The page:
Points . .: Interviews, 1974-1994

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Stanford University Press, 1995 - Philosophy - 499 pages
2 Reviews
This volume collects twenty-three interviews given over the course of the last two decades by Jacques Derrida. It illustrates the extraordinary breadth of his concerns, touching upon such subjects as the teaching of philosophy, sexual difference and feminine identity, the media, AIDS, language and translation, nationalism, politics, and Derrida's early life and the history of his writings.
  

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Review: Points...: Interviews, 1974-1994 (Meridian: Crossing Aesthetics)

User Review  - Vip Vinyaratn - Goodreads

May be he (Derrida) is too smart, and I'm way too stupid...but all these interviews-as interesting as it may seems-cannot convey me the messages. There are a few relatively "easy" chapter of the book ... Read full review

Contents

UpsideDown Writing
1
Ja or the fauxbond II
30
The Almost Nothing of the Unpresentable
78
Philosophie Still to Come
109
Unsealing the old new language
115
Dialanguages
132
Comment donner raison? How to Concede
191
Autobiophotographies
196
to Philosophy
327
A Madness Must Watch Over Thinking
339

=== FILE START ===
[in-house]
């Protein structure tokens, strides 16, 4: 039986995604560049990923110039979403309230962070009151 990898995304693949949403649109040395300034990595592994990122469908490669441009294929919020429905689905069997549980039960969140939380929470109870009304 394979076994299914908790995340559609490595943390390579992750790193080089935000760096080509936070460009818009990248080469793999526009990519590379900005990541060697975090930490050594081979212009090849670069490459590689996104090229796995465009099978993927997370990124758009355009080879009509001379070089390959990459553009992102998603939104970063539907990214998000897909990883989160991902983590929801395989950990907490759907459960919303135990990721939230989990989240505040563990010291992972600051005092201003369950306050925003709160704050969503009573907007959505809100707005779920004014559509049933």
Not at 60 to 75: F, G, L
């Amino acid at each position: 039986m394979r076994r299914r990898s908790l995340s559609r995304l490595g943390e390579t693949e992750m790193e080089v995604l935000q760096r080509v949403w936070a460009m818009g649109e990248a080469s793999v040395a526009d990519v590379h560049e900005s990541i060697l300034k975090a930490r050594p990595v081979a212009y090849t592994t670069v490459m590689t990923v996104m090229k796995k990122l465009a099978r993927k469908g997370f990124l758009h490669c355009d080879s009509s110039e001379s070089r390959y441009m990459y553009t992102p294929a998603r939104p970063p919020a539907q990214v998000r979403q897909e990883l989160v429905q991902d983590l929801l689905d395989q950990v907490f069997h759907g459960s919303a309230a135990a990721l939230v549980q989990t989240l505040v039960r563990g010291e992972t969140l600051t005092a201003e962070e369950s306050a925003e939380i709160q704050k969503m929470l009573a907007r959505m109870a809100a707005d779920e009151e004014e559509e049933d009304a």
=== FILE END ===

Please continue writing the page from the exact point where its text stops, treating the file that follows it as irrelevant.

This is also extremely funny
399
The Work of Intellectuals and the Press
422
Notes
457
Works Cited
489
Bibliography of Other Interviews with
495
Copyright

the Subject
255

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About the author (1995)

Jacques Derrida was born in El-Biar, Algeria on July 15, 1930. He graduated from the École Normal Supérieure in 1956. He taught philosophy and logic at both the University of Paris and the École Normal Supérieure for around 30 years. His works of philosophy and linguistics form the basis of the school of criticism known as deconstruction. This theory states that language is an inadequate method to give an unambiguous definition of a work, as the meaning of text can differ depending on reader, time, and context. During his lifetime, he wrote more than 40 books on various aspects of deconstruction including Of Grammatology, Glas, The Postcard: From Socrates to Freud and Beyond, and Ulysses Gramophone: Hear Say Yes in Joyce. He died of pancreatic cancer on October 9, 2004 at the age of 74.

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